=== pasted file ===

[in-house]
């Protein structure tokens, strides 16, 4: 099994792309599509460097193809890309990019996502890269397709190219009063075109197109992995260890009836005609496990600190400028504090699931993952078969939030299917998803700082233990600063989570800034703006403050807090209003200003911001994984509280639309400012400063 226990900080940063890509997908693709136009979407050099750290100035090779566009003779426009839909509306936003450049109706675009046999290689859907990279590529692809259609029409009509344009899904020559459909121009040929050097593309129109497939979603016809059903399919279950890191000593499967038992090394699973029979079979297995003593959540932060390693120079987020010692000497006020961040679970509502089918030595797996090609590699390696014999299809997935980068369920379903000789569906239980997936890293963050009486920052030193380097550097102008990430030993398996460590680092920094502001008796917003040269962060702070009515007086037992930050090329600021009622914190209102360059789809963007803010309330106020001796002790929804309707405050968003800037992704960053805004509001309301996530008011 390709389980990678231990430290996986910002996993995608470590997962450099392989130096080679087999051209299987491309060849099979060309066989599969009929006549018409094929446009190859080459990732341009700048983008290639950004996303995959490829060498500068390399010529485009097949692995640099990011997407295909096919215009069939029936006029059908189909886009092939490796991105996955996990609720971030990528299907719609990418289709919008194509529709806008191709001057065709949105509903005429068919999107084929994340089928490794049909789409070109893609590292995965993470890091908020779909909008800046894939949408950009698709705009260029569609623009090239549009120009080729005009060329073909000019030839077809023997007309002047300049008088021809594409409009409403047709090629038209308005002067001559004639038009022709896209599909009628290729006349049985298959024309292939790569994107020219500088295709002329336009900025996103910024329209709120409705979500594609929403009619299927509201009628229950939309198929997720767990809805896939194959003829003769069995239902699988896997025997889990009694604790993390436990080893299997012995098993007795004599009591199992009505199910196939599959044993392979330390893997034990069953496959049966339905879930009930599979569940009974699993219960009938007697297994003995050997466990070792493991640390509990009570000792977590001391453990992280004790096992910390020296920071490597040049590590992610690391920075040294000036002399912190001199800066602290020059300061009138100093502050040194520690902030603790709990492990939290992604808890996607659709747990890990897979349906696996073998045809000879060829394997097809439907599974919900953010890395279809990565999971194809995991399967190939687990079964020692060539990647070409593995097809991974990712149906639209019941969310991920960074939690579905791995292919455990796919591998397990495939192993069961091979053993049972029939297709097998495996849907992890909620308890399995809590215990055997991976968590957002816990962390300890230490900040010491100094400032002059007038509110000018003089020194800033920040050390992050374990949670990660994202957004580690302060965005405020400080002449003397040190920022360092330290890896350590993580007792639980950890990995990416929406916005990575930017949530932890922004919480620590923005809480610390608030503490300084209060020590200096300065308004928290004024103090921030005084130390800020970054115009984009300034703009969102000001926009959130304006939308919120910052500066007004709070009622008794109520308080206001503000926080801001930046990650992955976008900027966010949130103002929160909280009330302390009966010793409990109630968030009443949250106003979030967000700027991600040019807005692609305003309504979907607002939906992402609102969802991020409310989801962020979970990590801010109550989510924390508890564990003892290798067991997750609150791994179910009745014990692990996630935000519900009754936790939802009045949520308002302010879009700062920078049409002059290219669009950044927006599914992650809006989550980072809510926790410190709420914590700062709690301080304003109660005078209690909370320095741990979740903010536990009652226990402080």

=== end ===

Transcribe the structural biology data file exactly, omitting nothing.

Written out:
[in-house]
């Protein structure tokens, strides 16, 4: 099994792309599509460097193809890309990019996502890269397709190219009063075109197109992995260890009836005609496990600190400028504090699931993952078969939030299917998803700082233990600063989570800034703006403050807090209003200003911001994984509280639309400012400063 226990900080940063890509997908693709136009979407050099750290100035090779566009003779426009839909509306936003450049109706675009046999290689859907990279590529692809259609029409009509344009899904020559459909121009040929050097593309129109497939979603016809059903399919279950890191000593499967038992090394699973029979079979297995003593959540932060390693120079987020010692000497006020961040679970509502089918030595797996090609590699390696014999299809997935980068369920379903000789569906239980997936890293963050009486920052030193380097550097102008990430030993398996460590680092920094502001008796917003040269962060702070009515007086037992930050090329600021009622914190209102360059789809963007803010309330106020001796002790929804309707405050968003800037992704960053805004509001309301996530008011 390709389980990678231990430290996986910002996993995608470590997962450099392989130096080679087999051209299987491309060849099979060309066989599969009929006549018409094929446009190859080459990732341009700048983008290639950004996303995959490829060498500068390399010529485009097949692995640099990011997407295909096919215009069939029936006029059908189909886009092939490796991105996955996990609720971030990528299907719609990418289709919008194509529709806008191709001057065709949105509903005429068919999107084929994340089928490794049909789409070109893609590292995965993470890091908020779909909008800046894939949408950009698709705009260029569609623009090239549009120009080729005009060329073909000019030839077809023997007309002047300049008088021809594409409009409403047709090629038209308005002067001559004639038009022709896209599909009628290729006349049985298959024309292939790569994107020219500088295709002329336009900025996103910024329209709120409705979500594609929403009619299927509201009628229950939309198929997720767990809805896939194959003829003769069995239902699988896997025997889990009694604790993390436990080893299997012995098993007795004599009591199992009505199910196939599959044993392979330390893997034990069953496959049966339905879930009930599979569940009974699993219960009938007697297994003995050997466990070792493991640390509990009570000792977590001391453990992280004790096992910390020296920071490597040049590590992610690391920075040294000036002399912190001199800066602290020059300061009138100093502050040194520690902030603790709990492990939290992604808890996607659709747990890990897979349906696996073998045809000879060829394997097809439907599974919900953010890395279809990565999971194809995991399967190939687990079964020692060539990647070409593995097809991974990712149906639209019941969310991920960074939690579905791995292919455990796919591998397990495939192993069961091979053993049972029939297709097998495996849907992890909620308890399995809590215990055997991976968590957002816990962390300890230490900040010491100094400032002059007038509110000018003089020194800033920040050390992050374990949670990660994202957004580690302060965005405020400080002449003397040190920022360092330290890896350590993580007792639980950890990995990416929406916005990575930017949530932890922004919480620590923005809480610390608030503490300084209060020590200096300065308004928290004024103090921030005084130390800020970054115009984009300034703009969102000001926009959130304006939308919120910052500066007004709070009622008794109520308080206001503000926080801001930046990650992955976008900027966010949130103002929160909280009330302390009966010793409990109630968030009443949250106003979030967000700027991600040019807005692609305003309504979907607002939906992402609102969802991020409310989801962020979970990590801010109550989510924390508890564990003892290798067991997750609150791994179910009745014990692990996630935000519900009754936790939802009045949520308002302010879009700062920078049409002059290219669009950044927006599914992650809006989550980072809510926790410190709420914590700062709690301080304003109660005078209690909370320095741990979740903010536990009652226990402080």